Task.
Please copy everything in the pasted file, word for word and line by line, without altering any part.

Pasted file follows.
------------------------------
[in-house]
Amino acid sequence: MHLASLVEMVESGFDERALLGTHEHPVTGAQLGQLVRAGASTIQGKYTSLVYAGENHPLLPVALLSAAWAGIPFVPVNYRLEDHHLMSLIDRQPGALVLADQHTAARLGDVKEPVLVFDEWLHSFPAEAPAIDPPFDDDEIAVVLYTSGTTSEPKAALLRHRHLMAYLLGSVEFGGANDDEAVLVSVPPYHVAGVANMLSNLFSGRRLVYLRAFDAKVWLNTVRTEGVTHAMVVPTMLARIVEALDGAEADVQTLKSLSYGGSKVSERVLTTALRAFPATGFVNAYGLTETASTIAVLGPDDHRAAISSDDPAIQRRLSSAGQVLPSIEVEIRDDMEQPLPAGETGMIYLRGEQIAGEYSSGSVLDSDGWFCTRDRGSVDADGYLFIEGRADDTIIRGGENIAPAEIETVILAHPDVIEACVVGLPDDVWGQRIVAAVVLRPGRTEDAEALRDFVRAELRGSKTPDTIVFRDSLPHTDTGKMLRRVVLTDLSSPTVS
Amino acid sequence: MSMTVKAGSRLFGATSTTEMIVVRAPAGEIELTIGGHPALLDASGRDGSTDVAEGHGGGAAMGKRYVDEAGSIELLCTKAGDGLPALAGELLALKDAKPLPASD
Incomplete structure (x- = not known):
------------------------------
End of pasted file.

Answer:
[in-house]
Amino acid sequence: MHLASLVEMVESGFDERALLGTHEHPVTGAQLGQLVRAGASTIQGKYTSLVYAGENHPLLPVALLSAAWAGIPFVPVNYRLEDHHLMSLIDRQPGALVLADQHTAARLGDVKEPVLVFDEWLHSFPAEAPAIDPPFDDDEIAVVLYTSGTTSEPKAALLRHRHLMAYLLGSVEFGGANDDEAVLVSVPPYHVAGVANMLSNLFSGRRLVYLRAFDAKVWLNTVRTEGVTHAMVVPTMLARIVEALDGAEADVQTLKSLSYGGSKVSERVLTTALRAFPATGFVNAYGLTETASTIAVLGPDDHRAAISSDDPAIQRRLSSAGQVLPSIEVEIRDDMEQPLPAGETGMIYLRGEQIAGEYSSGSVLDSDGWFCTRDRGSVDADGYLFIEGRADDTIIRGGENIAPAEIETVILAHPDVIEACVVGLPDDVWGQRIVAAVVLRPGRTEDAEALRDFVRAELRGSKTPDTIVFRDSLPHTDTGKMLRRVVLTDLSSPTVS
Amino acid sequence: MSMTVKAGSRLFGATSTTEMIVVRAPAGEIELTIGGHPALLDASGRDGSTDVAEGHGGGAAMGKRYVDEAGSIELLCTKAGDGLPALAGELLALKDAKPLPASD
Incomplete structure (x- = not known):